Brain Contour Refinement

Many contour refinement algorithms are based on the active contour model algorithm, or snakes [20,23], described in Chapter 8. Given an initial estimate of an object boundary, active contours approach the actual boundary by solving an energy minimization problem. Different enhancements are required for different application domains. One enhancement to the classic snakes algorithm for contouring the hippocampus in MR images is described in [27]. For brain images, Vaillant and Dzavatzikos propose the use of a new active contour algorithm for modeling the brain cortex as thin convoluted ribbons embedded in three dimensions, which is specifically designed for mapping the human cortex [33]. Their results are promising, particularly for tracking into cortical convolutions in high-resolution MR images. However, all these methods require a good initial contour.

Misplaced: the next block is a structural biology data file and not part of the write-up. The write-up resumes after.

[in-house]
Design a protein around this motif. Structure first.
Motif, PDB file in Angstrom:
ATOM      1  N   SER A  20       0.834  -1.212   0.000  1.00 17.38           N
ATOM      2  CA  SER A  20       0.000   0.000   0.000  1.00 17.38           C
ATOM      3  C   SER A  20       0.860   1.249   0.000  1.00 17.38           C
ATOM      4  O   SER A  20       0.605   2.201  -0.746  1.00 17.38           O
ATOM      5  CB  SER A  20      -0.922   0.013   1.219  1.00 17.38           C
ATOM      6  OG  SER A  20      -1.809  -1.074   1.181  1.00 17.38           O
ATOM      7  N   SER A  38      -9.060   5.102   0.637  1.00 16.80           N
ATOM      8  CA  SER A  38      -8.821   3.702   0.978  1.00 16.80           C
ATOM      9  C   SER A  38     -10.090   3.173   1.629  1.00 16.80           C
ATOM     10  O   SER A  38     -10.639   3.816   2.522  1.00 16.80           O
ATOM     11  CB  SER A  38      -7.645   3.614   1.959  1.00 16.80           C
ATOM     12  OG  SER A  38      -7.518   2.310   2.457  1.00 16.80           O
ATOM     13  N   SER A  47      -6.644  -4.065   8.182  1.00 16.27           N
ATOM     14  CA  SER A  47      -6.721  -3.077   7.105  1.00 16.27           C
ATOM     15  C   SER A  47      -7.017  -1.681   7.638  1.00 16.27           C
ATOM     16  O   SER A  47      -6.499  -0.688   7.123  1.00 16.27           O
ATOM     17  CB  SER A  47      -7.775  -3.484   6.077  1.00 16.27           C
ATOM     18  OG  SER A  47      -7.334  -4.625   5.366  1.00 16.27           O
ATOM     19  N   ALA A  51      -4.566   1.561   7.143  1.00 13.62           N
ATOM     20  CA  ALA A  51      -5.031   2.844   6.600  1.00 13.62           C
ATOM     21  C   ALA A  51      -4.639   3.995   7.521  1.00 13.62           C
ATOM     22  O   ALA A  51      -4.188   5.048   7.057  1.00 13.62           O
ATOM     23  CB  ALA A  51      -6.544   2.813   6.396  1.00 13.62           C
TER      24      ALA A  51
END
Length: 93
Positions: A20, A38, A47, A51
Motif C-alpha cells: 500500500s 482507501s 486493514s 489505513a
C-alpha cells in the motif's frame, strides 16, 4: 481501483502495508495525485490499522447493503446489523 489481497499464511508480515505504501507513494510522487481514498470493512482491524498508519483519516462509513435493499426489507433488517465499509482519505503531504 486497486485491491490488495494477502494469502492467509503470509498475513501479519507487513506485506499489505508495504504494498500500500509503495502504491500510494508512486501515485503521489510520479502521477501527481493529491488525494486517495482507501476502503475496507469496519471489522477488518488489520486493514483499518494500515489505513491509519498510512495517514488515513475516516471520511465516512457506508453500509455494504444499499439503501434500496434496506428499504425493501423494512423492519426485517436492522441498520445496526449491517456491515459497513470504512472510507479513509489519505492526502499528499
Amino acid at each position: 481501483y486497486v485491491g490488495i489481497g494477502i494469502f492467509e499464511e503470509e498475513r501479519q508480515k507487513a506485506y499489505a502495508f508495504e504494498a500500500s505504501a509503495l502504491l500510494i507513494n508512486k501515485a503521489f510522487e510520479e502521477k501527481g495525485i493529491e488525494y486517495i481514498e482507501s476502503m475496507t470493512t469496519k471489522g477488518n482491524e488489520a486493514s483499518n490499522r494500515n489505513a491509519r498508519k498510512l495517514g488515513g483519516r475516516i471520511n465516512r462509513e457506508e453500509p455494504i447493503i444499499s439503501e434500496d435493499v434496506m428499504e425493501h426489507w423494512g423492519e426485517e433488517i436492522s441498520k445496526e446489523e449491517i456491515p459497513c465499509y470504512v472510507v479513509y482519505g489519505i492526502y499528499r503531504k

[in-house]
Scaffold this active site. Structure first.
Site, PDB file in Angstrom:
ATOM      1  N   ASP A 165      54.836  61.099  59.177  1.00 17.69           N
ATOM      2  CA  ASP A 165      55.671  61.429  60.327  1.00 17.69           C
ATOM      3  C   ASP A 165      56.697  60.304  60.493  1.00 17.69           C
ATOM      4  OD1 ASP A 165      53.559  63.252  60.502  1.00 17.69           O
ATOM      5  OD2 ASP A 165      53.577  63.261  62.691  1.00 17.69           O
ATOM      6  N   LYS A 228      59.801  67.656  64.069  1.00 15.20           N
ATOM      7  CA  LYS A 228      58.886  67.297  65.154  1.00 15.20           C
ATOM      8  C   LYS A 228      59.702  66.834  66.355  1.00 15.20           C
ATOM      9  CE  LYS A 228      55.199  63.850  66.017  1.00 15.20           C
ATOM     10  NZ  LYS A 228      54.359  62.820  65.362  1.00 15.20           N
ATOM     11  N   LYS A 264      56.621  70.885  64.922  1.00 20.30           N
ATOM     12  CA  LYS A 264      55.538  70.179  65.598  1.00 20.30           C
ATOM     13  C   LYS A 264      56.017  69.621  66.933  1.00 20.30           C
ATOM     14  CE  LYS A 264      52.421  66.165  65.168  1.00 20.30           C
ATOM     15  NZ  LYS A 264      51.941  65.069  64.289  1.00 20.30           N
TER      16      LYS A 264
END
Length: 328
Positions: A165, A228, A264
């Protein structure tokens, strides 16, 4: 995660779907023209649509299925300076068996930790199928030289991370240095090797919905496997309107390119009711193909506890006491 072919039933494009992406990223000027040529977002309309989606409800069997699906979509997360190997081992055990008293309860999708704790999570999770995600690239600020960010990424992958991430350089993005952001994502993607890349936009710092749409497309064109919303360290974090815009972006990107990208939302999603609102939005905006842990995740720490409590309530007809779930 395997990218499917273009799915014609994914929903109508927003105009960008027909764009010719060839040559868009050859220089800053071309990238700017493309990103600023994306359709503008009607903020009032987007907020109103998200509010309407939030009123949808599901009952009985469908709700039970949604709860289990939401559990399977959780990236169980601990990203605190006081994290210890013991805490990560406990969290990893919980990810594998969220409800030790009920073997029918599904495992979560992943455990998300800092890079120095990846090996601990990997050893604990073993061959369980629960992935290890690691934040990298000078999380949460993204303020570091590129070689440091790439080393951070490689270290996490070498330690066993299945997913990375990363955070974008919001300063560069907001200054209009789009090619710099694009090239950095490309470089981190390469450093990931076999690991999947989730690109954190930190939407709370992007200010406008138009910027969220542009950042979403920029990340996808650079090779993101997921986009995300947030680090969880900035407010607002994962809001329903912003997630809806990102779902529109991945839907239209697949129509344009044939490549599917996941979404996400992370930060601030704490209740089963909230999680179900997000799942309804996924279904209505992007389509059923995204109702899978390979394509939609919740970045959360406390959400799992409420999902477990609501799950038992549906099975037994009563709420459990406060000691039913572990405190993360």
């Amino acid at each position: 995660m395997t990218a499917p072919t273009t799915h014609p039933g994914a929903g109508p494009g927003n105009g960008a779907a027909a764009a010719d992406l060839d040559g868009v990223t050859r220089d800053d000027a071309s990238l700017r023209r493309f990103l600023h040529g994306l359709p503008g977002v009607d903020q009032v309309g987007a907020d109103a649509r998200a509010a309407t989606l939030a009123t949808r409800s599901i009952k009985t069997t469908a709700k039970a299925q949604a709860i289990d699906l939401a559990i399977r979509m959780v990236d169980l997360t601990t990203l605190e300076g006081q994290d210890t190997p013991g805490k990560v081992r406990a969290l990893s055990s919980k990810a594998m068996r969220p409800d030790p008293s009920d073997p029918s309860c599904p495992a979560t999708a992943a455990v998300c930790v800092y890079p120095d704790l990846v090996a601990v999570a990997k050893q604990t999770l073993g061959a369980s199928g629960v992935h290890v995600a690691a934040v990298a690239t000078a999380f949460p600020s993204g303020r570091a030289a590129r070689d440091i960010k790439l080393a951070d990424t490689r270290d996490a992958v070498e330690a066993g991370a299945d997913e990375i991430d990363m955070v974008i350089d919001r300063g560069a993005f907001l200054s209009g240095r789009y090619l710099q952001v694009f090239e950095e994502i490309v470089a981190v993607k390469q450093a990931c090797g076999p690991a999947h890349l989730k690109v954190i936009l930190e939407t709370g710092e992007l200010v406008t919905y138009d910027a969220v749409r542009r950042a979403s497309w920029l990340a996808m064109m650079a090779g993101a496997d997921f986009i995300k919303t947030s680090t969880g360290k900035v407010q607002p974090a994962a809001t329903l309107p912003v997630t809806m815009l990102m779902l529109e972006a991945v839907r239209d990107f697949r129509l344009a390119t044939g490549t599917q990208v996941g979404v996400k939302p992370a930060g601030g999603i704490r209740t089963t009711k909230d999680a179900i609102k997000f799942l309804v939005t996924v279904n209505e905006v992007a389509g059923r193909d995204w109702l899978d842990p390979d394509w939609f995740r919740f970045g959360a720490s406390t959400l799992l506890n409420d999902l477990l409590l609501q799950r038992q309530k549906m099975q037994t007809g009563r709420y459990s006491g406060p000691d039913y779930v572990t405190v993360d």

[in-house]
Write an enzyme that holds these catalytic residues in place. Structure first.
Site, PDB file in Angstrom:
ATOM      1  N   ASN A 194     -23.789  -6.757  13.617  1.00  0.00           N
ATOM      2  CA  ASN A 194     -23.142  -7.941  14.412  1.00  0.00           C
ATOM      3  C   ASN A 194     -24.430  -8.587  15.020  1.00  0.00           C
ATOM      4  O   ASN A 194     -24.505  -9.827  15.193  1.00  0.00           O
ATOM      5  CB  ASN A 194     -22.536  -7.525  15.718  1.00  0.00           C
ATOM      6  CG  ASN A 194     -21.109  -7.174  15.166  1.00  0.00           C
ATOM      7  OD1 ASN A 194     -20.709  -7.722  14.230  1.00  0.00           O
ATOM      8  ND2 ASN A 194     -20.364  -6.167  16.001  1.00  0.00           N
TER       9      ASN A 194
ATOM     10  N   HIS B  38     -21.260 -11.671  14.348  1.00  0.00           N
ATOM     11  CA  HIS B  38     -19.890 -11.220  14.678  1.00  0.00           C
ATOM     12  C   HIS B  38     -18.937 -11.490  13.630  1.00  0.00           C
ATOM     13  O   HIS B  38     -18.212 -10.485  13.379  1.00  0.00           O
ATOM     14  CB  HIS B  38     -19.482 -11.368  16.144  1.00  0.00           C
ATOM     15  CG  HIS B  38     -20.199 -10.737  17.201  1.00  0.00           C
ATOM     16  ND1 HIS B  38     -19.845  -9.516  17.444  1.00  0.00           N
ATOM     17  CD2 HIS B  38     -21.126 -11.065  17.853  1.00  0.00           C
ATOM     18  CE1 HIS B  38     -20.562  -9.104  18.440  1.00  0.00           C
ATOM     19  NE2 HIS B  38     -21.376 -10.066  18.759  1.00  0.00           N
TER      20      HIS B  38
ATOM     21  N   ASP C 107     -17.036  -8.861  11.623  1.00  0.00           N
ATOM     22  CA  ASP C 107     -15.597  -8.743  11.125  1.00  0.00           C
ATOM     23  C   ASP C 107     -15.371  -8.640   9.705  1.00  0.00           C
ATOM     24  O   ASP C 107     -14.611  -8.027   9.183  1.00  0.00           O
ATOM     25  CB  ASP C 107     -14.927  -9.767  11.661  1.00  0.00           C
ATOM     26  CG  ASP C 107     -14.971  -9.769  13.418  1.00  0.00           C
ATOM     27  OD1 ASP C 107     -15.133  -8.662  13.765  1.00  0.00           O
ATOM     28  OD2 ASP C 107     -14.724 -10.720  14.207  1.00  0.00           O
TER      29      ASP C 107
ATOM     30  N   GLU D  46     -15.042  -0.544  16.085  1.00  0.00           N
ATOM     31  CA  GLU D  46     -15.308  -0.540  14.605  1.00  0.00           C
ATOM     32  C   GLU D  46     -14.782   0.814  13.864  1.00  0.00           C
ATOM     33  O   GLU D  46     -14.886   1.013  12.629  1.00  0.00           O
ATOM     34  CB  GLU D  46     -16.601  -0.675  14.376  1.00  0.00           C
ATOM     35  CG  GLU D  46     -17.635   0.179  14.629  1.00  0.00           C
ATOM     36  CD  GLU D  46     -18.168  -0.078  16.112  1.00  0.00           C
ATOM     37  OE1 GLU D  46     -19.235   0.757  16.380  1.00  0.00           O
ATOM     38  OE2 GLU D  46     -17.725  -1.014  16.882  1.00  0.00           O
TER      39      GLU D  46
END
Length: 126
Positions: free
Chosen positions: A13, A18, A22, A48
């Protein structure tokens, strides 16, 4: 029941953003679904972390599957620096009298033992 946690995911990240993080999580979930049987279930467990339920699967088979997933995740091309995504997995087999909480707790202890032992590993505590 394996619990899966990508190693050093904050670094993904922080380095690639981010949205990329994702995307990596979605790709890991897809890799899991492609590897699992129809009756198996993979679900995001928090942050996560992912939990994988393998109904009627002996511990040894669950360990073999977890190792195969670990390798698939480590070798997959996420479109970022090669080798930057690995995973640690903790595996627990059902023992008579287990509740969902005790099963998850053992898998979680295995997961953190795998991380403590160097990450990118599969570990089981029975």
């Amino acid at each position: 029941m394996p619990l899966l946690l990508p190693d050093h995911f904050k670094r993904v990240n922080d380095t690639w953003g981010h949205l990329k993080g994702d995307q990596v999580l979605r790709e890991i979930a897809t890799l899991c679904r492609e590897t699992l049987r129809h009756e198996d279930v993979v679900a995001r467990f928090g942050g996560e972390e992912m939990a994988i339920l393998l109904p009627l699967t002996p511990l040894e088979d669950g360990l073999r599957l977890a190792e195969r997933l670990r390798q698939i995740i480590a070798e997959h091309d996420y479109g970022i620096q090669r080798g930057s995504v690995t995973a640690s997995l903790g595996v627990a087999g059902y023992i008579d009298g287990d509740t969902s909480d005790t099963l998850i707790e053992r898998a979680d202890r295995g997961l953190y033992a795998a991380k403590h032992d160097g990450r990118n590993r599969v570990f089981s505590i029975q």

Aboutanos and Dawant [1] describe a geometric deformable model used to refine an initial brain mask. Their deformable model uses the pixel intensity along lines that are placed approximately perpendicular to the initial contour. A five-term cost matrix is associated with transforming the image to hug the contours; in addition, a sixth term is required to repel the optimum curve from image locations such as eye and skin locations in T1-weighted images. The authors have found values for these parameters that perform well on sagittally displayed brain contours of 3D T1-weighted MP-RAGE volumes on many volunteers, although the method requires a very good initial contour and excess fat can affect results. Two iterations are applied, and the blurred image is used to reduce the effect of noise. This method looks very promising for T1 images, but no results are presented for PD- and T2-weighted images.

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